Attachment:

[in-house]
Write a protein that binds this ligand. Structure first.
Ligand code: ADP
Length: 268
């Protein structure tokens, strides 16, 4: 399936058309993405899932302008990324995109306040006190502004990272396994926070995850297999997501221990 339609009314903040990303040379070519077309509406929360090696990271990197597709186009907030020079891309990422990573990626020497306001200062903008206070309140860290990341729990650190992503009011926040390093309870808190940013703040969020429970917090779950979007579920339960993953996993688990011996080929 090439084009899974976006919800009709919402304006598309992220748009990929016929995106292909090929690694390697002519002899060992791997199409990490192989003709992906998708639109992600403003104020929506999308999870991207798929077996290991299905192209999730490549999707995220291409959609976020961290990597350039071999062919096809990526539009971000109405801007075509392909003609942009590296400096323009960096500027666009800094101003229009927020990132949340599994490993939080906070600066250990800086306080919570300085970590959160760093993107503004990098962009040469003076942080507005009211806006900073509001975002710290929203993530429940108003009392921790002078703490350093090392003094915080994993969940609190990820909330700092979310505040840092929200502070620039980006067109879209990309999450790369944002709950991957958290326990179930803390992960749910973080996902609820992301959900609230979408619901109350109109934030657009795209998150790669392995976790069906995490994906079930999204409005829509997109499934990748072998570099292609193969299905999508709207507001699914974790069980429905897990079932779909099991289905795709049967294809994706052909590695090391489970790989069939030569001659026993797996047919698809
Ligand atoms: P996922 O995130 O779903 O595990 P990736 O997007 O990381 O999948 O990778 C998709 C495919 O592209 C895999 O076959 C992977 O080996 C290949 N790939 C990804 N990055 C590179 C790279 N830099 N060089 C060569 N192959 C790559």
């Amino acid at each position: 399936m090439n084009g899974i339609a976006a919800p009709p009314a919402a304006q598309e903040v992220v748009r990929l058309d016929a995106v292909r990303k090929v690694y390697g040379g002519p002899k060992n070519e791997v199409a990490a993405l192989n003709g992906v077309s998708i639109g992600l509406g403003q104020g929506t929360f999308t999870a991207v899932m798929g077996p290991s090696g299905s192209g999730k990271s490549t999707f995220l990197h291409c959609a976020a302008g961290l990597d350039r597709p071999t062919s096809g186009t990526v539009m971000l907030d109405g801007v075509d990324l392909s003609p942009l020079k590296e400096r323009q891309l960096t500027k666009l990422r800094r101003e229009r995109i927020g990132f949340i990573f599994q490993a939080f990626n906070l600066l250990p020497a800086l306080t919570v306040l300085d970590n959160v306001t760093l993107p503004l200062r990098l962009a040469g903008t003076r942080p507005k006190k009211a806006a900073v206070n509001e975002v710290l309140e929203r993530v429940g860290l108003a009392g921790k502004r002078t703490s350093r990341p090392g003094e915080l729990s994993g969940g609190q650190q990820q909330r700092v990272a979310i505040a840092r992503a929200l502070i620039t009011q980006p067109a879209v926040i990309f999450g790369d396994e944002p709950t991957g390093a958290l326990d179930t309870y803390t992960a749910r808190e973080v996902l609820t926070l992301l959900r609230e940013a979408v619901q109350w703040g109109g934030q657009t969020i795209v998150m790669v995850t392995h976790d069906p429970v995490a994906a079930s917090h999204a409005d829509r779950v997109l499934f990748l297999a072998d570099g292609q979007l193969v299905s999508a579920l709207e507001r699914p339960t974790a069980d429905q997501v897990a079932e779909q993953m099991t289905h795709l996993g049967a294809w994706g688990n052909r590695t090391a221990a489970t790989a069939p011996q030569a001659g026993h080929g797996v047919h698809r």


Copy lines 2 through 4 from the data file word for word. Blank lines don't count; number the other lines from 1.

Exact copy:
Write a protein that binds this ligand. Structure first.
Ligand code: ADP
Length: 268